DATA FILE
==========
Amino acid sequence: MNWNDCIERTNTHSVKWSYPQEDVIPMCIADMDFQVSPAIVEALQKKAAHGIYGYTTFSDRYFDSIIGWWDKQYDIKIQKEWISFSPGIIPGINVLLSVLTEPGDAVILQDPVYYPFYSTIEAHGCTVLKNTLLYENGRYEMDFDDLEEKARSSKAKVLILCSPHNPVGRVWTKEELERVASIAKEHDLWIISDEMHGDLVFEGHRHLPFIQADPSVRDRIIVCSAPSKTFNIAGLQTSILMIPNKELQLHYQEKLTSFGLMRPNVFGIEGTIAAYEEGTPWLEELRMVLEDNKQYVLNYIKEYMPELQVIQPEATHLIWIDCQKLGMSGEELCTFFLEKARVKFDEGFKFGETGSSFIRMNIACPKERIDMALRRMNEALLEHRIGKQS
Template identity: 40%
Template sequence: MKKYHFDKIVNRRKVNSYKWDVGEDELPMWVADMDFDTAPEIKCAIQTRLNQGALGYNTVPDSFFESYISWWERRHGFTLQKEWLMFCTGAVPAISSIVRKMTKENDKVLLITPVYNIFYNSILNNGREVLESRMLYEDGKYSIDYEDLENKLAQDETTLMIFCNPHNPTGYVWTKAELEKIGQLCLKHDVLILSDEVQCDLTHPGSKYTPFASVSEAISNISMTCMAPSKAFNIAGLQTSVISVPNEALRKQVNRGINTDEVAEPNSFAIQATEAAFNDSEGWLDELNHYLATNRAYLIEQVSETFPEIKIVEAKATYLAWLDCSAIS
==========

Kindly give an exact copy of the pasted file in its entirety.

Amino acid sequence: MNWNDCIERTNTHSVKWSYPQEDVIPMCIADMDFQVSPAIVEALQKKAAHGIYGYTTFSDRYFDSIIGWWDKQYDIKIQKEWISFSPGIIPGINVLLSVLTEPGDAVILQDPVYYPFYSTIEAHGCTVLKNTLLYENGRYEMDFDDLEEKARSSKAKVLILCSPHNPVGRVWTKEELERVASIAKEHDLWIISDEMHGDLVFEGHRHLPFIQADPSVRDRIIVCSAPSKTFNIAGLQTSILMIPNKELQLHYQEKLTSFGLMRPNVFGIEGTIAAYEEGTPWLEELRMVLEDNKQYVLNYIKEYMPELQVIQPEATHLIWIDCQKLGMSGEELCTFFLEKARVKFDEGFKFGETGSSFIRMNIACPKERIDMALRRMNEALLEHRIGKQS
Template identity: 40%
Template sequence: MKKYHFDKIVNRRKVNSYKWDVGEDELPMWVADMDFDTAPEIKCAIQTRLNQGALGYNTVPDSFFESYISWWERRHGFTLQKEWLMFCTGAVPAISSIVRKMTKENDKVLLITPVYNIFYNSILNNGREVLESRMLYEDGKYSIDYEDLENKLAQDETTLMIFCNPHNPTGYVWTKAELEKIGQLCLKHDVLILSDEVQCDLTHPGSKYTPFASVSEAISNISMTCMAPSKAFNIAGLQTSVISVPNEALRKQVNRGINTDEVAEPNSFAIQATEAAFNDSEGWLDELNHYLATNRAYLIEQVSETFPEIKIVEAKATYLAWLDCSAIS